Wednesday, June 05, 2013
In Southwark Archdiocese we have a Convent of "Siervas de Maria", Handmaids of Mary, for whom I would occasionally say Mass, hear confessions or preach a retreat when I was close by in Balham. The Holy Father has recently announced that he will soon beatify four of their number who were martyred during the Spanish Civil War. This Congregation looks after the sick at night to give their family a break. They don't run schools or chaplaincies. They just care for the sick. They were assassinated because hatred towards religion had been fostered in the popular mind. This is what happened:
From 1934 until 18th July 1936, the day the Spanish Civil War broke out, fifty Catholic clergy had been assassinated in Spain. The outbreak of the War coincided with a systematic and wide scale massacre of priests and religious none of whom were combatants. By 14th September that year the authorities had presided over the assassination of 3,400 priests and religious.
On 21st November 1936, the Siervas de Maria in Pozuelo de Alarcon, Madrid, decided to leave their convent, splitting up into smaller groups and take refuge in the homes of friendly families. They were subject to surveillance and were not able to stay in touch with each other. They were not allowed to wear their religious habit. One of them, Sr Aurora, after 62 years as a nun burst into tears at being made to wear lay clothes.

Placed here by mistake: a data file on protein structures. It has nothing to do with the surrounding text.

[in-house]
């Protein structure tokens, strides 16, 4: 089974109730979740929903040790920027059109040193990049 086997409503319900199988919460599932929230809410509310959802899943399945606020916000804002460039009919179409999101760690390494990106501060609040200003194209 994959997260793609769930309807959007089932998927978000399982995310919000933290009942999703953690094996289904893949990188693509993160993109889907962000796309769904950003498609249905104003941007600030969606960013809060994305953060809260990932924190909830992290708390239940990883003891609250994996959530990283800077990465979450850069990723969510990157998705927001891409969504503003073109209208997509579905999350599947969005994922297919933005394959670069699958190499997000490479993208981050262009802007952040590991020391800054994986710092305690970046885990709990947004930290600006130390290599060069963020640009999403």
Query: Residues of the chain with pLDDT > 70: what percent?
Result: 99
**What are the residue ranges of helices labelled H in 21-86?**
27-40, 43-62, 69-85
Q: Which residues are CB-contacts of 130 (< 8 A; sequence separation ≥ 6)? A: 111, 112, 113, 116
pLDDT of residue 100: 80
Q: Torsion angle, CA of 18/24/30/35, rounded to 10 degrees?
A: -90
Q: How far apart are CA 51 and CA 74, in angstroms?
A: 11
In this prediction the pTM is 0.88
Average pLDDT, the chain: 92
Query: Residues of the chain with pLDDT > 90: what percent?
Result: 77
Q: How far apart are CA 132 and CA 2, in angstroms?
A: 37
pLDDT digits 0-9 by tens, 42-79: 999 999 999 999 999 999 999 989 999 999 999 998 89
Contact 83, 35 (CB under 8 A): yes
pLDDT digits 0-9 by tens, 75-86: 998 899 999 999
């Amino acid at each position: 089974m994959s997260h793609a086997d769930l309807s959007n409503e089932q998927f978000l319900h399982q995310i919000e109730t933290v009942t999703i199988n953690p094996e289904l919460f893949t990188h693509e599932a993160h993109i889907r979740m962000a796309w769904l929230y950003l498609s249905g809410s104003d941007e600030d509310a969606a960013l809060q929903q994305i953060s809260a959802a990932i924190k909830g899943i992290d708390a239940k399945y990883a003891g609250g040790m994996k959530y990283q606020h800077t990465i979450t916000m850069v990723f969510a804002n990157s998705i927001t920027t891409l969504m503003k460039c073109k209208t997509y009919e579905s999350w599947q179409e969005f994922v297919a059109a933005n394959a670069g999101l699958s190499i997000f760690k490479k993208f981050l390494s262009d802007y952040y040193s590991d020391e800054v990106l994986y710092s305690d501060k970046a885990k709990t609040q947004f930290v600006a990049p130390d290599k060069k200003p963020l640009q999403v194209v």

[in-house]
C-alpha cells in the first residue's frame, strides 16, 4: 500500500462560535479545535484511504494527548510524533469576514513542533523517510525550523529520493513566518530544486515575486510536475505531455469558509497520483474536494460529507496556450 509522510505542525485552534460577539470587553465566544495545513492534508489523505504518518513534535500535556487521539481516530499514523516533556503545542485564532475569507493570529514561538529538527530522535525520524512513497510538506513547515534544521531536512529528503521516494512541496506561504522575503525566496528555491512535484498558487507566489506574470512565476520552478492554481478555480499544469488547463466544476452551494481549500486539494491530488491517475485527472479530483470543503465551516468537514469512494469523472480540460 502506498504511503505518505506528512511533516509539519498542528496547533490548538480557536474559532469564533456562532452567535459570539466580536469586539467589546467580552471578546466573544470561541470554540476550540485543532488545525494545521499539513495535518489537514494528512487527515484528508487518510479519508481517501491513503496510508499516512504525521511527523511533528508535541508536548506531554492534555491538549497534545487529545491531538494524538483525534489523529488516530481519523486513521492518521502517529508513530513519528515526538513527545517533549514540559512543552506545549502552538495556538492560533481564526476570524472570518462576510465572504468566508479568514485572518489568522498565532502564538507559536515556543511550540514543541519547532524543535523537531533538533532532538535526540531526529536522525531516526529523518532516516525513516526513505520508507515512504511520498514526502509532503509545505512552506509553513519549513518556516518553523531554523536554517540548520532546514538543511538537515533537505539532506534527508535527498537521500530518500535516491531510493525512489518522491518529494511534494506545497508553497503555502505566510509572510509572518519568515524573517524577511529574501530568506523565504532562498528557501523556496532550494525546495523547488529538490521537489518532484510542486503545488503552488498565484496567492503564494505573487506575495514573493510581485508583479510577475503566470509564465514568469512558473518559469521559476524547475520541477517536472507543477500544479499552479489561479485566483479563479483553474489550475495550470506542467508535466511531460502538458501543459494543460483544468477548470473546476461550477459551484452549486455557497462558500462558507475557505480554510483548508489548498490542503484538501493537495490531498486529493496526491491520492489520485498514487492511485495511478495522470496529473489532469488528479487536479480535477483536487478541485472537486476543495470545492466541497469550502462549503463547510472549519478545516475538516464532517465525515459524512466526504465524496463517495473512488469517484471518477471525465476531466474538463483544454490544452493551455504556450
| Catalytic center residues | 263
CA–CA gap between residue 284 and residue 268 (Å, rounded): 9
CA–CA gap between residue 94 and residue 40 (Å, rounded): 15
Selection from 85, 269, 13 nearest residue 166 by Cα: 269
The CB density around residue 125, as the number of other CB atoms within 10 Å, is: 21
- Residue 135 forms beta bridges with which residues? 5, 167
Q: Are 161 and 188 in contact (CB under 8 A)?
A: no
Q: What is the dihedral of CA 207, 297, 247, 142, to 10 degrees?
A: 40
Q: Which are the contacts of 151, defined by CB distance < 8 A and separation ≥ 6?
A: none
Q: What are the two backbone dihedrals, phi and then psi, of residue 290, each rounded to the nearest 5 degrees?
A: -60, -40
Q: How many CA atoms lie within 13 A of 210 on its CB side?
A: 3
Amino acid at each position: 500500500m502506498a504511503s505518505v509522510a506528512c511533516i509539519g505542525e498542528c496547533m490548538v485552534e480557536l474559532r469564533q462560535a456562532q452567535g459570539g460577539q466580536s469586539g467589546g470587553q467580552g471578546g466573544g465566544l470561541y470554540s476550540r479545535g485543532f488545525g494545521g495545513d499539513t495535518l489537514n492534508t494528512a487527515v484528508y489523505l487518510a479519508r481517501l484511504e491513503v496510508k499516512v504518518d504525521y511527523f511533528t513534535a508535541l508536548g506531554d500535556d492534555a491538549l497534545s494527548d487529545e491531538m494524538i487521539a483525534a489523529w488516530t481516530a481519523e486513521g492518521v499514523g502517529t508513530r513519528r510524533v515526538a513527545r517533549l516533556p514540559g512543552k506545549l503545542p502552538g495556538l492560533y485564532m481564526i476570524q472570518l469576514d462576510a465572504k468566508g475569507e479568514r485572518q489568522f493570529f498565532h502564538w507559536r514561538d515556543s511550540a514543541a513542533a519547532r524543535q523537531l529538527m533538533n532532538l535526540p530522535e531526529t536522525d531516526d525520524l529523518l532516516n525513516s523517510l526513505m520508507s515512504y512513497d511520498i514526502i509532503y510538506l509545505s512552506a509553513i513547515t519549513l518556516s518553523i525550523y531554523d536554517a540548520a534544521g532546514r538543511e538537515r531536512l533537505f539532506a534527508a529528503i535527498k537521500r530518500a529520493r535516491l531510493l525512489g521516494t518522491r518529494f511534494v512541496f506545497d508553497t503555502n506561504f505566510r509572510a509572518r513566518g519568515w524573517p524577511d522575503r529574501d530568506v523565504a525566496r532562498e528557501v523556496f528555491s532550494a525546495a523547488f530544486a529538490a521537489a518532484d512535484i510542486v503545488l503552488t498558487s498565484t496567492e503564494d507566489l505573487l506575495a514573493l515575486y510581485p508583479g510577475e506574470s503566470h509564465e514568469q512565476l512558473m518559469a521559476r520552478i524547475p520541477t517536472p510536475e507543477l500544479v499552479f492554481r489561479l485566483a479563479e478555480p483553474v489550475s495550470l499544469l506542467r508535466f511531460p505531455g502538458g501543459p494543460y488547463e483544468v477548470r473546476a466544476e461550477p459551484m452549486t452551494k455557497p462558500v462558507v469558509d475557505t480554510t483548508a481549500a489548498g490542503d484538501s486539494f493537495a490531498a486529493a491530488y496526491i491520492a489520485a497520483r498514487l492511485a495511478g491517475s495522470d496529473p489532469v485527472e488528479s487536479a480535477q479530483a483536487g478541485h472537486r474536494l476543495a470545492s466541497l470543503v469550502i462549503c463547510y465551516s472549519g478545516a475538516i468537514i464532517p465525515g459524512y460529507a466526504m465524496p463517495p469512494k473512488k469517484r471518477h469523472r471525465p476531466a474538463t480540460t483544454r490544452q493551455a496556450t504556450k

Eventually the militia decided to arrest them and attacked the house where four of the nuns were living. The family reported afterwards that they were terribly insulted and abused by the attackers but that Sr Daria spoke up to them: "Yes, we are indeed religious. You can do what you want with us but we ask you not to harm this family, they saw us homeless and had the authority of the Pozuelo Committee to receive us in their charity".
The youngest nun Sr Agustina wasn't caught with the other three and joined a family that fled to Las Rozas, another district near Madrid, but while she was there someone betrayed her to the authorities and she was arrested. The charge against her was that she was a religious and that she had been seen praying. She was assassinated on 5h December, the day before the martyrdom of her three sisters.
There was no political or military gain to be had in shooting four nuns, tow of whom were elderly and one of whom was paralysed. They were killed because hatred of the faith had been fostered in the hearts of the people.
The liberal democracy had given way to a dictatorship of relativism in which there was no room for religious faith.